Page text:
Le Verre Volé
The natural wine movement is moving through eateries world wide faster than the black plague and Le Verre Volé may be at the epicentre of the trend. Walls are filled with bottles from those who abhor cultured yeasts and sulphur and like to harvest, ferment and bottle at just the right cycle of the moon (I just wish every day could be a root day). Don’t let this put you off if you are not a fan of the natural wine movement as this is a great place.
We warmed up with a bottle of 2010 Maison Pierre Overnoy Pupillin Arbois. It is one funky, on the edge, dry white, but I like it very much. It has some nutty, flor yeast type smells along with notes of preserved lemons and earth. In the mouth it is tart, with lemon pulp flavours and sherbet like acidity fizzing around the gums. There’s some green apple and a little flora and it has good intensity and length of flavour with a final impression of grapefruit. It worked particularly well with a fabulous entrée of rabbit rillettes. We also shared fromage de tête de porc that was gelatinous, full flavoured and also a great match with the lemon fruits of the wine. A salt cod brandade was served on squid ink with a baby octopus, it was fresh and saline and bloody good.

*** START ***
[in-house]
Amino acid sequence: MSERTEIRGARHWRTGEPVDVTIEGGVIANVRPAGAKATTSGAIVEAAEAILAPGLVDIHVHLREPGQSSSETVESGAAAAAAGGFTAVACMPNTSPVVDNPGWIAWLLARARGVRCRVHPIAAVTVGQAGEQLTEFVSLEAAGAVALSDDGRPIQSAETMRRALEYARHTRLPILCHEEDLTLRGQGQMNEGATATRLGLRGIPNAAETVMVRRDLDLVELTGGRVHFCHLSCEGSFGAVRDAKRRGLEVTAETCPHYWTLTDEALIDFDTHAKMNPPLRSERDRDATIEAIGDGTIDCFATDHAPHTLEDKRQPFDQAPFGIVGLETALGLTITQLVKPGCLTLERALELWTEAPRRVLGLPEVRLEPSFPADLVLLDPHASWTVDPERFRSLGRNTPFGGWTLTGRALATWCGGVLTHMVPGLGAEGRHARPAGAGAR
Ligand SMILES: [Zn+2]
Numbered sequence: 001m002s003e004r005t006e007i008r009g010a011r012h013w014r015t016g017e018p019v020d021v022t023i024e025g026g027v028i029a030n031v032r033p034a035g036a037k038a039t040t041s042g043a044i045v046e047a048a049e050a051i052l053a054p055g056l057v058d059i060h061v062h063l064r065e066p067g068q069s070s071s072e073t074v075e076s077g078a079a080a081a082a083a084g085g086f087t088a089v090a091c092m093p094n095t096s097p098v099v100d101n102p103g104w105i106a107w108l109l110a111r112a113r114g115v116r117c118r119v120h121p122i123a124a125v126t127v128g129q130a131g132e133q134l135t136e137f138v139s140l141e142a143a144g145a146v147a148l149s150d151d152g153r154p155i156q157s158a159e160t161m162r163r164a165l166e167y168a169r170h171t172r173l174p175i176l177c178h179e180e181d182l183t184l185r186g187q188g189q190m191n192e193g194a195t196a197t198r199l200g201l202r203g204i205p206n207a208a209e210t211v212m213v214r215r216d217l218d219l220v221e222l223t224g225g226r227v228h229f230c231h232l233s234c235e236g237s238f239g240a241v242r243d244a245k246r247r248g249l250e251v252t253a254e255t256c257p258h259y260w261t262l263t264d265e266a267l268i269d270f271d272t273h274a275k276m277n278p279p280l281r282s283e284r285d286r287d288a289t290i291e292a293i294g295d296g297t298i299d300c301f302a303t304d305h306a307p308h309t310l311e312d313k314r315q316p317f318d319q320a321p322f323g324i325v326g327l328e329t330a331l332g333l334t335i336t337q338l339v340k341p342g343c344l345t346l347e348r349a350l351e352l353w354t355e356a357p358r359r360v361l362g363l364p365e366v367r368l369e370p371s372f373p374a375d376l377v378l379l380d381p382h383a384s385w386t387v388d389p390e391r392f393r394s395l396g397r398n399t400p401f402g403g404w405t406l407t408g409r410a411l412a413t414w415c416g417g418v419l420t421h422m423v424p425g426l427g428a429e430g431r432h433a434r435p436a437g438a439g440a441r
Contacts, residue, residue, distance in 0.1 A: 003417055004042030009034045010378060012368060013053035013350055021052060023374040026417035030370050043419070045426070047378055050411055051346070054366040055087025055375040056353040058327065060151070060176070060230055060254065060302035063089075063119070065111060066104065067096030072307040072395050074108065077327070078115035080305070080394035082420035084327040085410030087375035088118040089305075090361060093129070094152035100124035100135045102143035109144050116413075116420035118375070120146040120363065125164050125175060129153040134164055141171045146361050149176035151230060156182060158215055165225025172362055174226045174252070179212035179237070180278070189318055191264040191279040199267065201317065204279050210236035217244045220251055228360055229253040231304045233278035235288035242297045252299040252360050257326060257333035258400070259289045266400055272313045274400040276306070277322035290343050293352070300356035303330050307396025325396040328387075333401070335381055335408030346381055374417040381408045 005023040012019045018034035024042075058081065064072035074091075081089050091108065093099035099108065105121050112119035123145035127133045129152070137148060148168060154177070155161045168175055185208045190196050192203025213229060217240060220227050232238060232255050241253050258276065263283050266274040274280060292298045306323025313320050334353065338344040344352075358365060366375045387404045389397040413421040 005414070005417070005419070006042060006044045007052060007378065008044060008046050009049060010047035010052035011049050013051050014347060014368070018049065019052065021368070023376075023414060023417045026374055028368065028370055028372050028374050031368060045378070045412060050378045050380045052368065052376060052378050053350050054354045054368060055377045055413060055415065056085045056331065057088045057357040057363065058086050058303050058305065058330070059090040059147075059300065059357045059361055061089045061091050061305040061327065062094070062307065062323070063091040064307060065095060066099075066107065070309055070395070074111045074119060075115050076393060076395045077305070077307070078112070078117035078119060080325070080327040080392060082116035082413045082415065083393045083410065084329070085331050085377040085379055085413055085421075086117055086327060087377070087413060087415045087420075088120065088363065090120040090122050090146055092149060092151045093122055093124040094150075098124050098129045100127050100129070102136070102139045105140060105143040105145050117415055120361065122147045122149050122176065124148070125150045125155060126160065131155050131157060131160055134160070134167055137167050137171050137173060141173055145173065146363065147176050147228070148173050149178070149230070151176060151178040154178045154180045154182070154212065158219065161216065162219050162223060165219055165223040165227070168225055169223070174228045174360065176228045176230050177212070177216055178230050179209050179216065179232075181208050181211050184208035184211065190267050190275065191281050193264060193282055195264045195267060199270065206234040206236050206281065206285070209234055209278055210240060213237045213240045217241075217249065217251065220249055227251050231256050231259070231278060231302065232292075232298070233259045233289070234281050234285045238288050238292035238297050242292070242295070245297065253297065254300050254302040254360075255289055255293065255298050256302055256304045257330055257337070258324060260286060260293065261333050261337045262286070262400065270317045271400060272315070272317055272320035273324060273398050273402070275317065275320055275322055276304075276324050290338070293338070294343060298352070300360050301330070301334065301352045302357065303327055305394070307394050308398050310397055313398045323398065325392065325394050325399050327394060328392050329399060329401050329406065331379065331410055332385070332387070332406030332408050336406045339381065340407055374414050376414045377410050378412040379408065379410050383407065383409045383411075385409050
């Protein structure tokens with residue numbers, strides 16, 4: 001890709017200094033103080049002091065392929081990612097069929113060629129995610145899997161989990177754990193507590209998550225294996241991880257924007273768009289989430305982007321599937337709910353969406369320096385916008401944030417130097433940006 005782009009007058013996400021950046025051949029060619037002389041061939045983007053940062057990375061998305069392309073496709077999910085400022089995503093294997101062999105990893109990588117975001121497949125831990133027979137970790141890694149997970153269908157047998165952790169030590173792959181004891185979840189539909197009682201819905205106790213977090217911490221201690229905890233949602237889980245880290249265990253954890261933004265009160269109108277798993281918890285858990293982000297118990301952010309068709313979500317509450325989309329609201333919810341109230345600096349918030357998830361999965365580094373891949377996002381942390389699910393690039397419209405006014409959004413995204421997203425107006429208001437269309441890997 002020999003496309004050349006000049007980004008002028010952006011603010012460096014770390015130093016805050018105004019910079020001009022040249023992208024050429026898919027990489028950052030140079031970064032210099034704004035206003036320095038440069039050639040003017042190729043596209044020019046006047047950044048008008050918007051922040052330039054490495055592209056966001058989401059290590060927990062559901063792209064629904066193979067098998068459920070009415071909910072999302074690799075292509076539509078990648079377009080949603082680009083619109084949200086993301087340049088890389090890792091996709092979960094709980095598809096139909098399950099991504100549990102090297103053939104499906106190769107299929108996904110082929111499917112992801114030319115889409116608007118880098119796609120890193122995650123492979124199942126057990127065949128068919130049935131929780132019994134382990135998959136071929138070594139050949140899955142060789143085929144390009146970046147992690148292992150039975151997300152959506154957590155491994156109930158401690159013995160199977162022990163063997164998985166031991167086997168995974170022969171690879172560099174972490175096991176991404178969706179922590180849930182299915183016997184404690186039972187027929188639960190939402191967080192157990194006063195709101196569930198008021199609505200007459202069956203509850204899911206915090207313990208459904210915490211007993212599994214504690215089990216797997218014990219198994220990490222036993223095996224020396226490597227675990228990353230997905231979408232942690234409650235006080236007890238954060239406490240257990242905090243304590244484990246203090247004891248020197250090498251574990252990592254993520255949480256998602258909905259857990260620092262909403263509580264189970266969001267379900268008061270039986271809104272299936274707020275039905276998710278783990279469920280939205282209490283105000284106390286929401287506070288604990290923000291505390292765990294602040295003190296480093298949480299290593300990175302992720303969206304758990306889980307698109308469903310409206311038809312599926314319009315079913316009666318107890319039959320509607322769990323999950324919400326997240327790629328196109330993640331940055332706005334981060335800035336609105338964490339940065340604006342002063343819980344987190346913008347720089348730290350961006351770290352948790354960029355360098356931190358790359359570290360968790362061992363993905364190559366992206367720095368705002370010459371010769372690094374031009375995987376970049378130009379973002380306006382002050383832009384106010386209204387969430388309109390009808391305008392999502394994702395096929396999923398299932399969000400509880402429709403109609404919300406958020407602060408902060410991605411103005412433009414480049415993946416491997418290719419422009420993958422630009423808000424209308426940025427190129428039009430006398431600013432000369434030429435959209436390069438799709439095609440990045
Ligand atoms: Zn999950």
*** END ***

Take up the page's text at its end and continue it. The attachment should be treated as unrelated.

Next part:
The children had an artisanale lemonade from the Jura called Elixia. Patrick described it as fizzy with bubbles that go up your nose, out of your nose and in your tummy. Lily thinks that it was also really bubbly when it went up her nose and tasted like it had a real lemon in it.
I’d ordered hanger steak for main course and asked one of the keen, polite young staff members to recommend a glass of red. The 2009 Jérôme Jouret ‘Sueurs Froides’ is raw, funky Grenache. It is a little wild and cheesy with some stalky, stemsy notes and some red currant and tart berry fruit. It is full and velvety without a lot of structure or body. One fears it may collapse like an over-ripe round of epoisses with bottle age. Mr Wriggly would love to attain the level of ‘chewyness’ in my hanger steak but the flavour was excellent as was the Dijon mustard. Accompanying mash of celeriac and beautifully roasted carrots were quite perfect. Heidi had a lovely piece of pork, a little like corned beef with delicious creamy mashed potato, the ultimate comfort food.
Our meal with water, wine and two coffees came to $111 euros, an out and out bargain. It is a tight space and you will be ‘shoe horned’ in, food is full flavoured, robust and homely and service is friendly and good. We will certainly be back.